To determine whether chronic liver injure could down-regulate ASGP-R expression in the CCl4-induced mouse model, we extracted proteins from the liver tissue of control and fibrotic mice to assess the expression of ASGP-R. Western bolt analysis indicated that the protein level of ASGP-R was down-regulated in the liver of fibrotic mice treated with CCl4 (Fig. 2A,B). Down-regulation of ASGP-R expression in the fibrotic mice was further confirmed by immunohistochemical experiment (Supplementary Fig. S1). We observed strong correlations between ASGP-R expression and total collagen levels (r = 0.89, Fig. 2C) as well as ASGP-R expression and Sirius Red quantification (r = 0.82, Fig. 2D). These results indicated that ASGP-R could act as a potential molecular marker in staging of liver fibrosis.

Figure 2: ASGP-R expression decreased in CCl4-induced mouse model of liver fibrosis.

(A) Expression levels of ASGP-R determined by Western Blot in control and fibrotic mice. (B) Relative quantification of ASGP-R expression of CCl4-induced mouse model by gray scanning analysis. (C) Correlation between ASGP-R expression and total collagen. (D) Correlation between ASGP-R expression and Sirius Red quantification. *p < 0.05 and **p < 0.01.

SPECT/CT imaging evaluated the stage of liver fibrosis in a CCl4-induced liver fibrosis mouse model

99mTc-p(VLA-co-VNI) SPECT/CT imaging was used to quantify asialoglycoprotein receptor expression and assess hepatic fibrosis in mice. LUV derived from SPECT/CT imaging was used as a simplified quantification index to quantify asialoglycoprotein receptor expression and assess the stage of liver fibrosis. LUV was calculated by dividing the liver ROI by the total inject radioactivity and liver volume. The time-activity curve of LUV derived from the dynamic SPECT imaging (Supplementary Fig. S2) showed that the liver uptake in the C57BL/6 mice peaked within 35–50 min after injection. So the static microSPECT scans were performed at 40 min after 99mTc-p(VLA-co-VNI) injection, as seen in Fig. 3A. Strong contrast between the liver and non-targeted tissues or organs was obtained. SPECT/CT image showed specific and obvious high uptake in liver, except for metabolite in intestines and bladder. The specific binding of 99mTc-p(VLA-co-VNI) has been performed previously via blocking experiment of biodistribution, liver uptake decreased significantly by blocking with excess amount of cold p(VLA-co-VNI)20. 99mTc-p(VLA-co-VNI) could specifically target ASGP-R that was further confirmed by the competitive inhibition experiment (Supplementary Fig. S3). The LUV decreased with disease progression (Ishak score) in the fibrotic CCl4-induced mice, as shown in Fig. 3B. LUV of control (Ishak 0) and fibrotic (Ishak 2–3 and Ishak 4–5) mice was 25.5 ± 1.58, 19.0 ± 2.12, and 14.3 ± 2.41, respectively. There have strong correlations between LUV and Sirius Red quantification (r = 0.89, Fig. 3C) and between LUV and liver hydroxyproline levels (r = 0.83, Fig. 3D). We also observed a high correlation between LUV and MMP-9 mRNA relative expression (r = 0. 78, Fig. 3F). The relationship of LUV derived from SPECT imaging by using 99mTc-p(VLA-co-VNI) and 99mTc-GSA respectively was compared as well (r = 0.87, Fig. 3E). Both agents of 99mTc-p(VLA-co-VNI) and 99mTc-GSA for SPECT imaging were obtained with high RCP (>95%) (Supplementary Fig. S4).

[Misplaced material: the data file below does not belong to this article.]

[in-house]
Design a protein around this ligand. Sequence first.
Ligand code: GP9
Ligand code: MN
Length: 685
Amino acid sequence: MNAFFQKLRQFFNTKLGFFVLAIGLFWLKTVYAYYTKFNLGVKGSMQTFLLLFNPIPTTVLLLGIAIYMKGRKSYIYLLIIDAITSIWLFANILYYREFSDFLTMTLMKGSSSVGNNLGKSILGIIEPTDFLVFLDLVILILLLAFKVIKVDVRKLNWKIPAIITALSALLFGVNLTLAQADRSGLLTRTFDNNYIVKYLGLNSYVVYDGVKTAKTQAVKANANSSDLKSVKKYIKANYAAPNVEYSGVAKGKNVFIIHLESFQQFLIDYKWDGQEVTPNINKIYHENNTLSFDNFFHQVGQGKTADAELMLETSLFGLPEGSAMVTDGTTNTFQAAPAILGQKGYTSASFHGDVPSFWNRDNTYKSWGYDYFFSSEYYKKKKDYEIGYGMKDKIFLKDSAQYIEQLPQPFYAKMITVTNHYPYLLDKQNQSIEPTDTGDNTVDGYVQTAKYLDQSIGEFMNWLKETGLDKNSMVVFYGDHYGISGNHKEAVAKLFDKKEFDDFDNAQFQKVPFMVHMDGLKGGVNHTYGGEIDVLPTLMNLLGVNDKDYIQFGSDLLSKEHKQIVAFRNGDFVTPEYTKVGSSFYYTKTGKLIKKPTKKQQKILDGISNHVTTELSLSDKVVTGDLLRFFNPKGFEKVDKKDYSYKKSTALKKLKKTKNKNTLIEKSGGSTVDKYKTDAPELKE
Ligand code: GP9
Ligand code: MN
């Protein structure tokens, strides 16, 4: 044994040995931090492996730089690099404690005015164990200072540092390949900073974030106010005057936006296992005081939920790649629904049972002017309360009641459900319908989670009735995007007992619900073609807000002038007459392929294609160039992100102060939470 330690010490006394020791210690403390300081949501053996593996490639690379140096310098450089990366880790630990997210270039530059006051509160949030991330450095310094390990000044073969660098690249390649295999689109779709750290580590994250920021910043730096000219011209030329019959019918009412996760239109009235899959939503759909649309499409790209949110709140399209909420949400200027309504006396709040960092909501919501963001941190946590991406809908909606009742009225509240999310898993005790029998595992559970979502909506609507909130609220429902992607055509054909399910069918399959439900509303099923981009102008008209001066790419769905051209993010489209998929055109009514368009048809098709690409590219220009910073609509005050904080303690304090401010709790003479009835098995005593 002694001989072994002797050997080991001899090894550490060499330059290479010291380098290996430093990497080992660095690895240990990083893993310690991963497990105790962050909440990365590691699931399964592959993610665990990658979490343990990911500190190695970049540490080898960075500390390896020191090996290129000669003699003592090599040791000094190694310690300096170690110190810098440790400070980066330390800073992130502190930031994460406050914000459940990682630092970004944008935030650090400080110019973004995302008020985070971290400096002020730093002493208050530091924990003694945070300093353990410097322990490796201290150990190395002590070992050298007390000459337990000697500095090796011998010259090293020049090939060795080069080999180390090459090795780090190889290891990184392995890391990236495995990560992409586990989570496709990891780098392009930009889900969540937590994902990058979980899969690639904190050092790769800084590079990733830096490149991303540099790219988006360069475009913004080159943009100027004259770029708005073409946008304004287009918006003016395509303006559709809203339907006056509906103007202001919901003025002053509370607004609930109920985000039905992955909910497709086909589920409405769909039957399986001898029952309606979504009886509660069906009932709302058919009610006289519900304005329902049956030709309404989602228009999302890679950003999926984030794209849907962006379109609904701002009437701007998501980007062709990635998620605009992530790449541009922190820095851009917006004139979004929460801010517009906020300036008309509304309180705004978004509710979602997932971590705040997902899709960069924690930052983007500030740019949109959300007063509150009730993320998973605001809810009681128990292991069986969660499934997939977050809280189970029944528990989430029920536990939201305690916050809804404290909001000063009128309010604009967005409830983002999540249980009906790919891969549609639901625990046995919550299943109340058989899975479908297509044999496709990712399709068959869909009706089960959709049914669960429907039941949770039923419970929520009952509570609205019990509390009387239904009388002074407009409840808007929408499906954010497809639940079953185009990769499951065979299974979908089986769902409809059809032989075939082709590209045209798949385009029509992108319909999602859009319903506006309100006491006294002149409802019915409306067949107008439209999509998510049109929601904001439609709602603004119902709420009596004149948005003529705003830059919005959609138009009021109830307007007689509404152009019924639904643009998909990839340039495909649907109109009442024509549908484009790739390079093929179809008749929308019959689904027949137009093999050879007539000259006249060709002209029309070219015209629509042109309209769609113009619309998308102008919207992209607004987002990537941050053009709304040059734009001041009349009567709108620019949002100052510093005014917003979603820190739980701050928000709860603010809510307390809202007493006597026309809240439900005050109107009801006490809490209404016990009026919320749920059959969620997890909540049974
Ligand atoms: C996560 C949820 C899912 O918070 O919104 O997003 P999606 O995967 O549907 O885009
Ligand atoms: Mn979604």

Figure 3: SPECT imaging evaluate the stage of liver fibrosis in CCl4-induced mouse model.